Jump to ContentJump to Main Navigation
Justice in a Globalized WorldA Normative Framework$
Users without a subscription are not able to see the full content.

Laura Valentini

Print publication date: 2011

Print ISBN-13: 9780199593859

Published to Oxford Scholarship Online: January 2012

DOI: 10.1093/acprof:oso/9780199593859.001.0001

Show Summary Details
Page of

PRINTED FROM OXFORD SCHOLARSHIP ONLINE (www.oxfordscholarship.com). (c) Copyright Oxford University Press, 2019. All Rights Reserved. An individual user may print out a PDF of a single chapter of a monograph in OSO for personal use. date: 12 December 2019

Assessing the Cosmopolitan Ideal

Assessing the Cosmopolitan Ideal

Chapter:
(p.23) 2 Assessing the Cosmopolitan Ideal
Source:
Justice in a Globalized World
Author(s):

Claus Nielsen

Publisher:
Oxford University Press
DOI:10.1093/acprof:oso/9780199593859.003.0002

This chapter explores the practical implications of the cosmopolitan ideal of a just world order, and discusses ‘the guidance critique’ of this ideal: the claim that cosmopolitan theories are too idealistic to guide action in real-world circumstances. It argues that proponents of this critique either misapply cosmopolitan principles, or have unreasonable expectations regarding the sort of guidance a theory of justice can plausibly deliver. Theories of justice do not answer questions such as: ‘What specific actions ought we to take, here and now?’ Instead, they offer normative frameworks for guiding our thinking with respect to such questions. Because cosmopolitanism does provide a distinctive normative framework – that is, it insists that our international distributive duties are grounded in justice, as opposed to humanitarian assistance – it fulfils the guidance requirements that can plausibly be placed on a theory of justice.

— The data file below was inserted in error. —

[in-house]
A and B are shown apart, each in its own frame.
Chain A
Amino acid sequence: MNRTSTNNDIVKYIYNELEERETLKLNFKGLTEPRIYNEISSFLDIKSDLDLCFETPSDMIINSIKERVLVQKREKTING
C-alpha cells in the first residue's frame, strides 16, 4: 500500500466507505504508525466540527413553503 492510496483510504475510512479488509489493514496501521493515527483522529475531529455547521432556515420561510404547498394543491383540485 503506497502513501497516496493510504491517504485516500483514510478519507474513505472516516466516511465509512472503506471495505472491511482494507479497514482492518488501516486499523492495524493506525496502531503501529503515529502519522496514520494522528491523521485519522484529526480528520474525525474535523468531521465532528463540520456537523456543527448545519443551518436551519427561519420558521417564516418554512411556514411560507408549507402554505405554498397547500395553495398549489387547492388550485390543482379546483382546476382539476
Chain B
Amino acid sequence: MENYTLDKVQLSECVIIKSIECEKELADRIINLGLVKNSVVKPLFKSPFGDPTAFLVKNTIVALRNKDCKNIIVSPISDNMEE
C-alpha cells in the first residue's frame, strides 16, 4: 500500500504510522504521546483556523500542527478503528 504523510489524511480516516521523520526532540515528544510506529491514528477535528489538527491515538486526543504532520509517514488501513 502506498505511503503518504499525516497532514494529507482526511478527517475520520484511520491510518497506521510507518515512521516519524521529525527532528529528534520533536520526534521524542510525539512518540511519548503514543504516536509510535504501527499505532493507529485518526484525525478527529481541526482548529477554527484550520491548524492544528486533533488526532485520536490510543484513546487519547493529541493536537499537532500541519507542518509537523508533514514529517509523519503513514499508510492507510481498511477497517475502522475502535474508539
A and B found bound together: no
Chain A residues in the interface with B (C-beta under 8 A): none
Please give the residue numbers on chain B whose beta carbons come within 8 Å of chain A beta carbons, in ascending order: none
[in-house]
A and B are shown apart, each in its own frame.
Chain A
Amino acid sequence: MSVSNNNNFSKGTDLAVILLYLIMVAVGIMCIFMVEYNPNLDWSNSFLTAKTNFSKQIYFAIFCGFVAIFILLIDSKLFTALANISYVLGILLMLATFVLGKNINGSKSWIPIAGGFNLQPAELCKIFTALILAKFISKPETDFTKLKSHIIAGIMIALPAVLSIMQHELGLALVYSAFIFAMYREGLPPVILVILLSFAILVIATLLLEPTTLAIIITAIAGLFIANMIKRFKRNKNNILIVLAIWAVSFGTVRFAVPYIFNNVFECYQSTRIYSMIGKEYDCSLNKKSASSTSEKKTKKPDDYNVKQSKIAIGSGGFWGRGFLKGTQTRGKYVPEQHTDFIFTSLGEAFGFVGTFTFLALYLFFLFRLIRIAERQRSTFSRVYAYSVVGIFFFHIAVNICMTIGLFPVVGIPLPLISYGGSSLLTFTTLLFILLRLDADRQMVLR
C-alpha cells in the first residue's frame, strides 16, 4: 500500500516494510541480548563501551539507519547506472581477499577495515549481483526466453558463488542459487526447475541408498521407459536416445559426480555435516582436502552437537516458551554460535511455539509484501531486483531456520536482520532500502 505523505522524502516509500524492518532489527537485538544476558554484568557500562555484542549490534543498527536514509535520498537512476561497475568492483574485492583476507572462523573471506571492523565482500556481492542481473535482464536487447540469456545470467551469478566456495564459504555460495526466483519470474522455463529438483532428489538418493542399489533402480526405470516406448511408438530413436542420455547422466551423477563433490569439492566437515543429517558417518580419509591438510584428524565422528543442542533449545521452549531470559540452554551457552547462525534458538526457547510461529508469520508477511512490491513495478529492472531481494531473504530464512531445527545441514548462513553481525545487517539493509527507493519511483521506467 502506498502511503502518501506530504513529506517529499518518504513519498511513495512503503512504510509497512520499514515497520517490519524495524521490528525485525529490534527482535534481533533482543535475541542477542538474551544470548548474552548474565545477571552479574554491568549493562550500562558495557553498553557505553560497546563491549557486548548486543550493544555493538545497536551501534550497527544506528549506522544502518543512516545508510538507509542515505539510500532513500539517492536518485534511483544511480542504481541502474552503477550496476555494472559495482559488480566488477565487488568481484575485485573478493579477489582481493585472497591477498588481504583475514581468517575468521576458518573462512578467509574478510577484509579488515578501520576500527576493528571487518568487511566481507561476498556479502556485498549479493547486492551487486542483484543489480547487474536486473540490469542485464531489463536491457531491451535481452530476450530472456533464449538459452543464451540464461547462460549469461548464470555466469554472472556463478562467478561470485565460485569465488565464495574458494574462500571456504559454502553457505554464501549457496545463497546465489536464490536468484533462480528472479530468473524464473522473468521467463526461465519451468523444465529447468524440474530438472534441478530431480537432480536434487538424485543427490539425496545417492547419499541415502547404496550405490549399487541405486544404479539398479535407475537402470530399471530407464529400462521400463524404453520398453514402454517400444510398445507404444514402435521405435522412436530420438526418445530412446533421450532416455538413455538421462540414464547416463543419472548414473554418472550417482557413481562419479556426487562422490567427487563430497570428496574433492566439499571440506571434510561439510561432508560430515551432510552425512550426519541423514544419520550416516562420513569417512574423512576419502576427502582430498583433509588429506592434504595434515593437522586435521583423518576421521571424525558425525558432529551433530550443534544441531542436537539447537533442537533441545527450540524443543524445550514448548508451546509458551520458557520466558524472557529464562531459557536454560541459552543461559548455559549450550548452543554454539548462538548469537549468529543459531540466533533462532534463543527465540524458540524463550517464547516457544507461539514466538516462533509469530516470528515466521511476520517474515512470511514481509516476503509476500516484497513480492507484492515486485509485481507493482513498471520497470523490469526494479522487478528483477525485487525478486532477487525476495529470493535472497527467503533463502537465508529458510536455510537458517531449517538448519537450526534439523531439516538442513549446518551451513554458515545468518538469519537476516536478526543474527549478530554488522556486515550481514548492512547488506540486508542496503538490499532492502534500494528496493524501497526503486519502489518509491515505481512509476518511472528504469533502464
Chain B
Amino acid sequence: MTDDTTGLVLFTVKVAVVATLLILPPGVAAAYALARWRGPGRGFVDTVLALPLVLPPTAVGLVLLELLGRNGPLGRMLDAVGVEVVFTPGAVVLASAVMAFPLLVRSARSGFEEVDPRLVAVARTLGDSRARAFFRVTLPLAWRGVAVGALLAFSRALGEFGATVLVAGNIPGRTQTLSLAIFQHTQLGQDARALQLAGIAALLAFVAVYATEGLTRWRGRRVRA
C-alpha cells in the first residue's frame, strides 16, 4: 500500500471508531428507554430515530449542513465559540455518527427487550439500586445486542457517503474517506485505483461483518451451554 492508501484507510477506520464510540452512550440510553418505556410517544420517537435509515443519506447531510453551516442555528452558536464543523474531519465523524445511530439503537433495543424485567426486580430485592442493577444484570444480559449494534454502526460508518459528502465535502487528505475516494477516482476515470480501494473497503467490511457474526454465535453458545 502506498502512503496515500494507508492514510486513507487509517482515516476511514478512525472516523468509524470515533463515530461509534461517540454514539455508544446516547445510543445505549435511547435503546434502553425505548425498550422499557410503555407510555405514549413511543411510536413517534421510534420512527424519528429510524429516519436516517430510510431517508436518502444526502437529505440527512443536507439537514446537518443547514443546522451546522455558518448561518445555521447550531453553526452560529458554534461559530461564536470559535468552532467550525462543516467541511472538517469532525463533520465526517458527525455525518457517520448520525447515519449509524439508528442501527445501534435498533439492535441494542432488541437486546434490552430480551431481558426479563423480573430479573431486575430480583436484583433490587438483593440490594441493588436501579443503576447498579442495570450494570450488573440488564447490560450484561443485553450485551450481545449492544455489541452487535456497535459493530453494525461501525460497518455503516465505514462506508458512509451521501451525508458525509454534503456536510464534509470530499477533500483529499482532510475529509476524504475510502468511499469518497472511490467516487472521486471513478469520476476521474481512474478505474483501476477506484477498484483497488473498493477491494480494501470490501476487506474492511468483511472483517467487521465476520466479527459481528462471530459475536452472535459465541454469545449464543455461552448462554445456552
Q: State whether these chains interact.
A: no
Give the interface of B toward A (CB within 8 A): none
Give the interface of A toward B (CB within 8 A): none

Keywords:   cosmopolitanism, guidance, ideal theory, G.A. Cohen, John Rawls, realistic utopia, feasibility, global despotism, moral motivation, institutional design

Oxford Scholarship Online requires a subscription or purchase to access the full text of books within the service. Public users can however freely search the site and view the abstracts and keywords for each book and chapter.

Please, subscribe or login to access full text content.

If you think you should have access to this title, please contact your librarian.

To troubleshoot, please check our FAQs , and if you can't find the answer there, please contact us .